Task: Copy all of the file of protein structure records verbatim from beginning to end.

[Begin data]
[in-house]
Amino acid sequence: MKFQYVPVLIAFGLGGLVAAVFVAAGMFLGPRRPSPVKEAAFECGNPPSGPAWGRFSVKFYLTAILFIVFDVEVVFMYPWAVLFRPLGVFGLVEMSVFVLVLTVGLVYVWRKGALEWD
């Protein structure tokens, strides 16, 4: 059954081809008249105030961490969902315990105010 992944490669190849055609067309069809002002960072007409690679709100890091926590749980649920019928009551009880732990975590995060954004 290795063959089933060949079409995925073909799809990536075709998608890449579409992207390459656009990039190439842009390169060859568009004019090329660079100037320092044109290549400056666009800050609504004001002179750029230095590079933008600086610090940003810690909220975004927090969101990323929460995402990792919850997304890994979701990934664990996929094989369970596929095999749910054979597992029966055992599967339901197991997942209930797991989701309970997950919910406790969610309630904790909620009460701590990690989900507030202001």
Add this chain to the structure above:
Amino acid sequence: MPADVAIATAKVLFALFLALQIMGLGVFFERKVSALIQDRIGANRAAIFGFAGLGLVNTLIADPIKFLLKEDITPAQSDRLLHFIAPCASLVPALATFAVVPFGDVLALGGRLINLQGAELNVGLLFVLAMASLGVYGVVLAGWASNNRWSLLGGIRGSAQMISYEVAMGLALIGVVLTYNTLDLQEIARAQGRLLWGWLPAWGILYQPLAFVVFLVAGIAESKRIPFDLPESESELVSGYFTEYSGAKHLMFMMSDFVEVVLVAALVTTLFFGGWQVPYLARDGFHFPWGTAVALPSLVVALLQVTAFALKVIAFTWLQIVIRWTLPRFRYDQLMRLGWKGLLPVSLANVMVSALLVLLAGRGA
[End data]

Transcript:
[in-house]
Amino acid sequence: MKFQYVPVLIAFGLGGLVAAVFVAAGMFLGPRRPSPVKEAAFECGNPPSGPAWGRFSVKFYLTAILFIVFDVEVVFMYPWAVLFRPLGVFGLVEMSVFVLVLTVGLVYVWRKGALEWD
């Protein structure tokens, strides 16, 4: 059954081809008249105030961490969902315990105010 992944490669190849055609067309069809002002960072007409690679709100890091926590749980649920019928009551009880732990975590995060954004 290795063959089933060949079409995925073909799809990536075709998608890449579409992207390459656009990039190439842009390169060859568009004019090329660079100037320092044109290549400056666009800050609504004001002179750029230095590079933008600086610090940003810690909220975004927090969101990323929460995402990792919850997304890994979701990934664990996929094989369970596929095999749910054979597992029966055992599967339901197991997942209930797991989701309970997950919910406790969610309630904790909620009460701590990690989900507030202001």
Add this chain to the structure above:
Amino acid sequence: MPADVAIATAKVLFALFLALQIMGLGVFFERKVSALIQDRIGANRAAIFGFAGLGLVNTLIADPIKFLLKEDITPAQSDRLLHFIAPCASLVPALATFAVVPFGDVLALGGRLINLQGAELNVGLLFVLAMASLGVYGVVLAGWASNNRWSLLGGIRGSAQMISYEVAMGLALIGVVLTYNTLDLQEIARAQGRLLWGWLPAWGILYQPLAFVVFLVAGIAESKRIPFDLPESESELVSGYFTEYSGAKHLMFMMSDFVEVVLVAALVTTLFFGGWQVPYLARDGFHFPWGTAVALPSLVVALLQVTAFALKVIAFTWLQIVIRWTLPRFRYDQLMRLGWKGLLPVSLANVMVSALLVLLAGRGA